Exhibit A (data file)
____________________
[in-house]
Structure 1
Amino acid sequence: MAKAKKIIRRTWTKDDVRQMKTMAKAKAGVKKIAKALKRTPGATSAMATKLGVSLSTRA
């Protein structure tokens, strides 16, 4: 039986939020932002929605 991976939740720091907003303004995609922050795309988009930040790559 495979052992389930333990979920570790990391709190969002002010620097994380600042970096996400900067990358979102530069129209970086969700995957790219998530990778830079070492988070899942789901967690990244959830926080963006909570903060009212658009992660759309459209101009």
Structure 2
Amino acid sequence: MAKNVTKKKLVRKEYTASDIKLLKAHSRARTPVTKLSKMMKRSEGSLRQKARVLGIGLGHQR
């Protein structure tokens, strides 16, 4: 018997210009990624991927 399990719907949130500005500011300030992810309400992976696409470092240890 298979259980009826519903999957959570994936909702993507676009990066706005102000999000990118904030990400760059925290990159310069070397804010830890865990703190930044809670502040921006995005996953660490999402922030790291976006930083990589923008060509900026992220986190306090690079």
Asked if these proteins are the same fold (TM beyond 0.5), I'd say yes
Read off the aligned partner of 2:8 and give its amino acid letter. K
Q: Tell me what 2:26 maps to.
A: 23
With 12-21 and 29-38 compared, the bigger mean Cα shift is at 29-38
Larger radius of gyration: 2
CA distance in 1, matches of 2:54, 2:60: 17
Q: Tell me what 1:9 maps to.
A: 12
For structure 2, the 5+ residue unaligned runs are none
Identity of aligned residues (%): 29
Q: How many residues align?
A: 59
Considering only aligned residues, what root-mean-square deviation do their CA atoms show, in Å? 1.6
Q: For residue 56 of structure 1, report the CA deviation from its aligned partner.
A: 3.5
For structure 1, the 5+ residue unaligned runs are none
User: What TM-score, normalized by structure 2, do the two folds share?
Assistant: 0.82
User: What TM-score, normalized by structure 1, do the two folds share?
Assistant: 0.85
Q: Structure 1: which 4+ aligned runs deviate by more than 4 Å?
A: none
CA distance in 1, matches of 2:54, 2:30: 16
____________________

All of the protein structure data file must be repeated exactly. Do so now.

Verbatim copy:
[in-house]
Structure 1
Amino acid sequence: MAKAKKIIRRTWTKDDVRQMKTMAKAKAGVKKIAKALKRTPGATSAMATKLGVSLSTRA
């Protein structure tokens, strides 16, 4: 039986939020932002929605 991976939740720091907003303004995609922050795309988009930040790559 495979052992389930333990979920570790990391709190969002002010620097994380600042970096996400900067990358979102530069129209970086969700995957790219998530990778830079070492988070899942789901967690990244959830926080963006909570903060009212658009992660759309459209101009």
Structure 2
Amino acid sequence: MAKNVTKKKLVRKEYTASDIKLLKAHSRARTPVTKLSKMMKRSEGSLRQKARVLGIGLGHQR
């Protein structure tokens, strides 16, 4: 018997210009990624991927 399990719907949130500005500011300030992810309400992976696409470092240890 298979259980009826519903999957959570994936909702993507676009990066706005102000999000990118904030990400760059925290990159310069070397804010830890865990703190930044809670502040921006995005996953660490999402922030790291976006930083990589923008060509900026992220986190306090690079």
Asked if these proteins are the same fold (TM beyond 0.5), I'd say yes
Read off the aligned partner of 2:8 and give its amino acid letter. K
Q: Tell me what 2:26 maps to.
A: 23
With 12-21 and 29-38 compared, the bigger mean Cα shift is at 29-38
Larger radius of gyration: 2
CA distance in 1, matches of 2:54, 2:60: 17
Q: Tell me what 1:9 maps to.
A: 12
For structure 2, the 5+ residue unaligned runs are none
Identity of aligned residues (%): 29
Q: How many residues align?
A: 59
Considering only aligned residues, what root-mean-square deviation do their CA atoms show, in Å? 1.6
Q: For residue 56 of structure 1, report the CA deviation from its aligned partner.
A: 3.5
For structure 1, the 5+ residue unaligned runs are none
User: What TM-score, normalized by structure 2, do the two folds share?
Assistant: 0.82
User: What TM-score, normalized by structure 1, do the two folds share?
Assistant: 0.85
Q: Structure 1: which 4+ aligned runs deviate by more than 4 Å?
A: none
CA distance in 1, matches of 2:54, 2:30: 16